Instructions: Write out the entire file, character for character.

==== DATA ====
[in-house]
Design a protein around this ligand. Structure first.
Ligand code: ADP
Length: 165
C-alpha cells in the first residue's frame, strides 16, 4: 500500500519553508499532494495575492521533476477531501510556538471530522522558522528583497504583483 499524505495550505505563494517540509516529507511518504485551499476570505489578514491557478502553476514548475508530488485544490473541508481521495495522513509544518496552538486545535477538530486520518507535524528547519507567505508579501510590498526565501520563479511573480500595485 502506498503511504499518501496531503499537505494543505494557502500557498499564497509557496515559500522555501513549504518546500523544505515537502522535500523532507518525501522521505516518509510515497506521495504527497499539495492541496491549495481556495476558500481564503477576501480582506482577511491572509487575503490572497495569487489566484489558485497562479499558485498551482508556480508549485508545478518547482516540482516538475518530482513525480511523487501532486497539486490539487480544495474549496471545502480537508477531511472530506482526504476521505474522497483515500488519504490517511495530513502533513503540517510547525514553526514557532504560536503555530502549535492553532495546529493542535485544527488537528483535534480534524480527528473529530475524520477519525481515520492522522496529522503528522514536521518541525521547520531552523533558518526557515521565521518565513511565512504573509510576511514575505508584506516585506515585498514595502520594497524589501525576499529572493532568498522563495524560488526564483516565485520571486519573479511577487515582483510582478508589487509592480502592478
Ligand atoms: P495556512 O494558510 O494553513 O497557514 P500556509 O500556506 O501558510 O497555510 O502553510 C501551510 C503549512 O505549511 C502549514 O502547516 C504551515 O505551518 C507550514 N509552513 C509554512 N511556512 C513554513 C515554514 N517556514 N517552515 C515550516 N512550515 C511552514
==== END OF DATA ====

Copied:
[in-house]
Design a protein around this ligand. Structure first.
Ligand code: ADP
Length: 165
C-alpha cells in the first residue's frame, strides 16, 4: 500500500519553508499532494495575492521533476477531501510556538471530522522558522528583497504583483 499524505495550505505563494517540509516529507511518504485551499476570505489578514491557478502553476514548475508530488485544490473541508481521495495522513509544518496552538486545535477538530486520518507535524528547519507567505508579501510590498526565501520563479511573480500595485 502506498503511504499518501496531503499537505494543505494557502500557498499564497509557496515559500522555501513549504518546500523544505515537502522535500523532507518525501522521505516518509510515497506521495504527497499539495492541496491549495481556495476558500481564503477576501480582506482577511491572509487575503490572497495569487489566484489558485497562479499558485498551482508556480508549485508545478518547482516540482516538475518530482513525480511523487501532486497539486490539487480544495474549496471545502480537508477531511472530506482526504476521505474522497483515500488519504490517511495530513502533513503540517510547525514553526514557532504560536503555530502549535492553532495546529493542535485544527488537528483535534480534524480527528473529530475524520477519525481515520492522522496529522503528522514536521518541525521547520531552523533558518526557515521565521518565513511565512504573509510576511514575505508584506516585506515585498514595502520594497524589501525576499529572493532568498522563495524560488526564483516565485520571486519573479511577487515582483510582478508589487509592480502592478
Ligand atoms: P495556512 O494558510 O494553513 O497557514 P500556509 O500556506 O501558510 O497555510 O502553510 C501551510 C503549512 O505549511 C502549514 O502547516 C504551515 O505551518 C507550514 N509552513 C509554512 N511556512 C513554513 C515554514 N517556514 N517552515 C515550516 N512550515 C511552514